Lots of violence, gore and bad language. I like this movie very much for displaying war and greed as it does. Knowing my kids, I let them watch it and explained... Continue reading
Teen, 17 years old Written bysomehowimanage November 8, 2014

Hear this out

Well the first time that I had watched it was in a social studies class. And it is really eye opening, yes there is lots of violence, and with said violence com... Continue reading
Teen, 15 years old Written byMr Blonde January 29, 2014

What's the story?

When devoted Sierra Leone husband/father Solomon Vandy's (Djimon Hounsou) family is dispersed by rebel militias and his young son Dia (Kagiso Kuypers) conscripted to serve as a child solider, Solomon is sent to work as a diamond miner. As luck has it, he finds a gigantic 100-karat "pink"; Zimbabwe-born solider of fortune Danny (Leonardo DiCaprio) happens to hear of this, and soon the two undertake a tense and untrusting agreement: Danny will help Solomon find his family ... and a buyer for the diamond. But Danny is set onto a moral-lesson-learning path -- not only by his relationship with Solomon, but also by a new friendship with U.S. reporter Maddy (Jennifer Connelly). Though she, too, distrusts Danny, she wants the story he can give her about the ins and outs of the illegal arms and diamond traffic. Danny dismisses Maddy's work in Sierra Leone and in other war zones as "writing about it" -- that is, observing and exploiting, just as he does. But she feels a passion for the cause, especially when she meets Solomon. Though Maddy is cynical about the effects of U.S media, she believes she can help by "writing about it." So she agrees to the plan: Danny will help her as she helps Solomon, and, in turn, Solomon will find his hidden diamond for Danny.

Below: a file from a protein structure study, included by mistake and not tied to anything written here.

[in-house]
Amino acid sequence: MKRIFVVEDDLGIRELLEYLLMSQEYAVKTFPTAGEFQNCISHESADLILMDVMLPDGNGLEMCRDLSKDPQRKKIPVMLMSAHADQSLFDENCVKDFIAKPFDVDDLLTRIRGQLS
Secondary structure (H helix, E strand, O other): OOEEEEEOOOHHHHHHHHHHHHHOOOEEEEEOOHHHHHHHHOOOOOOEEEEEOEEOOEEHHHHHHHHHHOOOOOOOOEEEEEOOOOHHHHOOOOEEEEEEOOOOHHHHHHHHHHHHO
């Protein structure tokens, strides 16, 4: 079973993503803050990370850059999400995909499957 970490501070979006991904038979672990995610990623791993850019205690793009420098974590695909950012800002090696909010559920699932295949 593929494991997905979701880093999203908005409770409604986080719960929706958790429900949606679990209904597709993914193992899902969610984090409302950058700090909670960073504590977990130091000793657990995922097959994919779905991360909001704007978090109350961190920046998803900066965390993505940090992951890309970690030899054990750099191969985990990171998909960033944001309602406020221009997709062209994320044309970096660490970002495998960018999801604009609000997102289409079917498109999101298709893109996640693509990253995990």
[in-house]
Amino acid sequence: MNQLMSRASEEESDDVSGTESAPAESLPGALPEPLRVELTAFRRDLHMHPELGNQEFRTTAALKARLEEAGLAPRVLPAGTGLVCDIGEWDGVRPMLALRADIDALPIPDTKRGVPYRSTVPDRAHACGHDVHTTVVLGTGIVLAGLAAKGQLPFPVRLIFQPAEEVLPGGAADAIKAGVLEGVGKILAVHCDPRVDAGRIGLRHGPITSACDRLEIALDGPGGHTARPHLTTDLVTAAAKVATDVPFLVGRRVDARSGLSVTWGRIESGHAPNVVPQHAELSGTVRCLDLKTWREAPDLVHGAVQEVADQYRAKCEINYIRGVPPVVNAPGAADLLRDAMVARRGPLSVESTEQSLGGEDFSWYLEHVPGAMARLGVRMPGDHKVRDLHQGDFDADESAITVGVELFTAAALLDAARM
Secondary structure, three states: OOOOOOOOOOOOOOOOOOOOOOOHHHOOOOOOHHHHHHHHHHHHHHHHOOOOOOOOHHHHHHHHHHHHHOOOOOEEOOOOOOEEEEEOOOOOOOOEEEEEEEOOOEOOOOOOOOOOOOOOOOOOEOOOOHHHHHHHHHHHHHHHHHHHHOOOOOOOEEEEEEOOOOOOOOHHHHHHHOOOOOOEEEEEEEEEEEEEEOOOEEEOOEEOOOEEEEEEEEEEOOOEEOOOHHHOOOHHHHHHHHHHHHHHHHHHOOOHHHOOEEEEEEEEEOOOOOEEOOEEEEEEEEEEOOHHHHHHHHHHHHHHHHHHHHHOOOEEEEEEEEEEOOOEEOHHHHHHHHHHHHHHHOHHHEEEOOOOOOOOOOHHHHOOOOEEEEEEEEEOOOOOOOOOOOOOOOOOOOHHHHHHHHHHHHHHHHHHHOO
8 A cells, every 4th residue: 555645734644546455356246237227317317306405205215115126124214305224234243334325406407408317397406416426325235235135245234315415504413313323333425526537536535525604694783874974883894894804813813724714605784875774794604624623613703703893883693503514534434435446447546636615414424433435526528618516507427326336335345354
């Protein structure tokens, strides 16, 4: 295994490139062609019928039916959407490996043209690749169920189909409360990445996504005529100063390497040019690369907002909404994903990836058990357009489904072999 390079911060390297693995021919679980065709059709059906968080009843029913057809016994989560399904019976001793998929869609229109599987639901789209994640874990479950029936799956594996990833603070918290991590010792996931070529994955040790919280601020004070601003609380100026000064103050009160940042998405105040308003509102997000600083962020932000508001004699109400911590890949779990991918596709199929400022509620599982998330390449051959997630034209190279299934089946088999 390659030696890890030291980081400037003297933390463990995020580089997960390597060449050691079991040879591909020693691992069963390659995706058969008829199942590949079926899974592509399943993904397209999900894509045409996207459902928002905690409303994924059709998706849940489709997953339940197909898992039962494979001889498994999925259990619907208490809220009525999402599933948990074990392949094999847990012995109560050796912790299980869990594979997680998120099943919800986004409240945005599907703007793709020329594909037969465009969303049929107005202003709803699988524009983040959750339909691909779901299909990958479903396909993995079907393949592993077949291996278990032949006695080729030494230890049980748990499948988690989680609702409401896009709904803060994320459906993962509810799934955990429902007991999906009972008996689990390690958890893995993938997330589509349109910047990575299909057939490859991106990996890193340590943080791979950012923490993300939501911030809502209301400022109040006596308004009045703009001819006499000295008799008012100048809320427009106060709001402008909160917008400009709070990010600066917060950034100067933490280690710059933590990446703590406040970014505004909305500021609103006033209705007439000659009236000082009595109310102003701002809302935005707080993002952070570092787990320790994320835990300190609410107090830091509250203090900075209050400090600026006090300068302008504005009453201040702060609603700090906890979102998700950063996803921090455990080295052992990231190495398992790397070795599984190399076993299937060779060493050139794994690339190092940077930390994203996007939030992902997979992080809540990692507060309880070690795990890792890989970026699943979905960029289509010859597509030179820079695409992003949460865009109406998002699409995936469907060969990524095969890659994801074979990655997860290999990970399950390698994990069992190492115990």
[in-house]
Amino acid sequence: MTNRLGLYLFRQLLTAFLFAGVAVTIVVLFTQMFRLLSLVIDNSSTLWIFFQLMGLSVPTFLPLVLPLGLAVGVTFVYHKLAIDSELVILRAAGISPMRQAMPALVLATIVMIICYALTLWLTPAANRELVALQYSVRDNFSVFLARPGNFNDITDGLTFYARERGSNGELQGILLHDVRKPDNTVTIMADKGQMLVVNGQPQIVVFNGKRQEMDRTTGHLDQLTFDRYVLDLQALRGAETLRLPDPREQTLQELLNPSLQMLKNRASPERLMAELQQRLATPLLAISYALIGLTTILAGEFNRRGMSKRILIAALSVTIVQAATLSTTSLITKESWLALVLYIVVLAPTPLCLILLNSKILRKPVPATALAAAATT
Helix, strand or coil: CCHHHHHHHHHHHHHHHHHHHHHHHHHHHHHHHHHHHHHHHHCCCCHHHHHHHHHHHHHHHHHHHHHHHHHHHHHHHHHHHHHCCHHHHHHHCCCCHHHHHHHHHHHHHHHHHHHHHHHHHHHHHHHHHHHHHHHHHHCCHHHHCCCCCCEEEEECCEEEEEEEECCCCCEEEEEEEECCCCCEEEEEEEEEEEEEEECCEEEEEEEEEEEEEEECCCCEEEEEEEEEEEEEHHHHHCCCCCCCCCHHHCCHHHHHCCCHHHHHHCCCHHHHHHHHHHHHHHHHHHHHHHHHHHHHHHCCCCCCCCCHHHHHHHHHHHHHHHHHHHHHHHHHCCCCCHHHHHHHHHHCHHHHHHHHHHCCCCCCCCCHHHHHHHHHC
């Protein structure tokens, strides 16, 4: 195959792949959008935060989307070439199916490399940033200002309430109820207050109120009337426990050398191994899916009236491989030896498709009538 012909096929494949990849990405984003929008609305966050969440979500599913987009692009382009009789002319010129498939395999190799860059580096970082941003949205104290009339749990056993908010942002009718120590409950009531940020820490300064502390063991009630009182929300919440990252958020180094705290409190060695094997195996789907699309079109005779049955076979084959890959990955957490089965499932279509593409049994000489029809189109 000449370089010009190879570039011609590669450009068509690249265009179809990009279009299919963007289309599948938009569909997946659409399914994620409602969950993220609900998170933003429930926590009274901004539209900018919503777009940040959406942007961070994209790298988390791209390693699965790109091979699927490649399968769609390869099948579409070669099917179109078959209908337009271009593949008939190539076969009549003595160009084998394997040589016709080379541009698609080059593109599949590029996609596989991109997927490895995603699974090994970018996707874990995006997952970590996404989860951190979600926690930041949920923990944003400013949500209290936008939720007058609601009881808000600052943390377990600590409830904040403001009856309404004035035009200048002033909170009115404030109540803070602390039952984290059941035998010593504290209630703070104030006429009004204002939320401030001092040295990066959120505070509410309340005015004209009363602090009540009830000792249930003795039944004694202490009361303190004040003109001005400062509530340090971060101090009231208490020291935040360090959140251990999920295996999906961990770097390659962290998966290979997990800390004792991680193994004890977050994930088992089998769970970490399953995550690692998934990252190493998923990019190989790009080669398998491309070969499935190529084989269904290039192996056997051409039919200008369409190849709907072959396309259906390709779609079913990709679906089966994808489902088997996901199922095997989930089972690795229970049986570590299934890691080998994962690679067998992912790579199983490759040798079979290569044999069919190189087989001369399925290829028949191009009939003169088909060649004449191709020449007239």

Is it any good?

BLOOD DIAMOND is equal parts earnest and muddled. While it does good work by bringing the lingering problem of African conflict diamonds back into the news, the movie itself is ungainly and retro, using white characters to illuminate the problem -- while also simplifying it. The film shows plenty of the effects of the diamond-and-arms traffic: battles and massacres involving a range of forces, from local militias to the Revolutionary United Front to the national military. The violence is horrific, and the effects are clearly devastating, but the focus on Danny's ethical education detracts from what seem like more urgent troubles (say, a million refugees).

The film does suggest that it understands its limits in several references to the racism that allows such systems of exploitation to persist and even thrive. Danny cajoles Solomon: "I know people, white people. Without me, you're just another black man in Africa, all right?" This is partly true, but the film makes this black man a figure for righteous vengeance, and his immediate targets are other black men in Africa, with large guns, bloody machetes, and scarred faces. White, designer-suited Europeans in Antwerp and London do appear as beneficiaries of the bloodshed, but they don't suffer the same sorts of visceral, audience-moving consequences as the villainous Africans.

Talk to your kids about ...

  • Families can talk about the issue of "conflict diamonds." How is this problem similar to other ways in which people are exploited for resources, labor, or land?

  • How do Danny's morals change as he learns from the other main characters?

Movie details

For kids who love action